What is is about us Brits turning French historical
culture into musicals?
OK so we do have a far better tradition of theatre than the
French, but they don't do Dickens, or Lewis Caroll or even that
many Shakespeare comedies in the same way as we do Hugo or Dumas
and don't even talk about Gaston Leroux. Yet perhaps with that in
mind the Rose Theatre
in Kingston gives us its Christmas crowd pleaser to which one
could happily bring in the mother-in-law, first-time theatre goer
but perhaps not the Olivier judging cousin.
From almost the moment the (metaphorical) curtain rises, the
show is on high energy to please. There are some wonderful set
pieces. When D'Artagnan is riding to Paris for example, director
Francis Matthews gathers the cast in formation to simulate the
galloping horses by simply leaning in time with the 6/8 rhythm of
George Stiles' score.
(listen on http://www.e-flier.co.uk/rosetheatre/thethreemusketeers/)
You don't need to refer to the programme to learn that
Stephen Sondheim influenced lyricist Paul Leigh. Especially in the
first half there were some exciting, sung through numbers,
which where clever enough to be laugh out loud; in preparation for
a dual a Musketeer sings "We'll soon see what you're made of" to
which D'Artagnan replies "That's what I'm afraid of"! Or Milady
singing "Touch of Rouge" to rhymn with "Subterfuge".
One number which distracted me enough to think "Is this wise?"
came at the beginning of Act II - A Good Old Fashioned War
claiming that all that was needed to sort out the mood was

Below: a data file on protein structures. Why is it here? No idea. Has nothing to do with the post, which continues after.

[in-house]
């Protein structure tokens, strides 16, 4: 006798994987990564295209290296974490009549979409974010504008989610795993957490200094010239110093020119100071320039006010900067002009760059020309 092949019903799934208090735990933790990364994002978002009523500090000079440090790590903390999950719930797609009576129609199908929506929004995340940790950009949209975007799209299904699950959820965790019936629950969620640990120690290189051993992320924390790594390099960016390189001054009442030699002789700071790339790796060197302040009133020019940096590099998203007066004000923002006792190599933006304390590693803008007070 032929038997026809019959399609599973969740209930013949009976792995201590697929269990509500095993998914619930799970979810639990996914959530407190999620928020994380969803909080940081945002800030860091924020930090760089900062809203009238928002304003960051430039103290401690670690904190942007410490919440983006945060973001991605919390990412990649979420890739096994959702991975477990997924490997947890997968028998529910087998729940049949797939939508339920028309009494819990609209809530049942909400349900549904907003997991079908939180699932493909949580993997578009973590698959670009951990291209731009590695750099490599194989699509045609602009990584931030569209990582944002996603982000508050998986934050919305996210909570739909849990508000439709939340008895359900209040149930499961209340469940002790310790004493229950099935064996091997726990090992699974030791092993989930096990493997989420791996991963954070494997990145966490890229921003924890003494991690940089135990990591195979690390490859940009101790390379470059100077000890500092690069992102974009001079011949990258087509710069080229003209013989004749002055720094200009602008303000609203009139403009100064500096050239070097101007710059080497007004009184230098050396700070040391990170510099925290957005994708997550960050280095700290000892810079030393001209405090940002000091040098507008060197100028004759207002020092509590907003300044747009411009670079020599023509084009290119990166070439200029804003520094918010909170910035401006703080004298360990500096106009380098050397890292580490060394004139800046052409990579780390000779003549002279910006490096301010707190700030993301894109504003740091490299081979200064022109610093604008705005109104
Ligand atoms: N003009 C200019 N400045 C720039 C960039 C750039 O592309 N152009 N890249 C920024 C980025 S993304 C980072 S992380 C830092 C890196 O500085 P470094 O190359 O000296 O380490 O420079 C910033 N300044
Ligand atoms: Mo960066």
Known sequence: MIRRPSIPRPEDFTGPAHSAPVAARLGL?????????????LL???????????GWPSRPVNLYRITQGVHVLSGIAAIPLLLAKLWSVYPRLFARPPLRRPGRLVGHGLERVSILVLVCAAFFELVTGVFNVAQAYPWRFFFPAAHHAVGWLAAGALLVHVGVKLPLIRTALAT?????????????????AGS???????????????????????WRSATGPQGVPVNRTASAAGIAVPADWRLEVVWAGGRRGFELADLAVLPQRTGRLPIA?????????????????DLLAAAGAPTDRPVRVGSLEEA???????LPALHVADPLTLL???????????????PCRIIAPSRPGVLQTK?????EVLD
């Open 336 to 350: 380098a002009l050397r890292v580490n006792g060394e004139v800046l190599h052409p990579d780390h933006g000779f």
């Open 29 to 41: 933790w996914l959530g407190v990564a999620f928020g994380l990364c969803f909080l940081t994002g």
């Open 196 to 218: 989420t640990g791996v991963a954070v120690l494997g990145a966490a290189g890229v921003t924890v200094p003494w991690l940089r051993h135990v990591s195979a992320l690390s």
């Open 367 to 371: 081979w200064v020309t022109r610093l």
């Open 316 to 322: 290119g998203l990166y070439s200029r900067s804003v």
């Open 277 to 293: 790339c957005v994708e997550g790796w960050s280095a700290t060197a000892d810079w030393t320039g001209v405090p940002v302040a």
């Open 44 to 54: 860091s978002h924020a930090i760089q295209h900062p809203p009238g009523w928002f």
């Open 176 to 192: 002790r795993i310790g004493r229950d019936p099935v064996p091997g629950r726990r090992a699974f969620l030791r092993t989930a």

conflict. Maybe light hearted enough when the show was written. In
this climate however it may go down less well.
This is certainly a show which will please the family. Plenty of
fight scenes romantic interest and luscious costumes - a tad
short on comedy, but great singing and some superb performances.
Paul Thornley as Athos was simply superb and no doubt casting
directors will be flocking to the West End when it transfers to see
fresh-faced Michael Pickering.
Kaisa Hammarlund's voice was beautifully suited to the role of
Constance and Matt Rawle and Hal Fowler as the remainder of the
Musketing trio fought and sung fabulously well for the show.
One tiny gripe though, from this French speaking audience
member. Unless someone can tell me that it's a particularly
17th century pronunciation, isn't the final S on
Fleur de Lys always heard?
Certainly an excellent choice for Christmas, even if you can't
quite remember the best songs as you leave. But you can blow
me down with fleur-de-lys if it picks up the success of the other
French historical musicals we've seen.
Do contact us to
comment.. have you seen the show?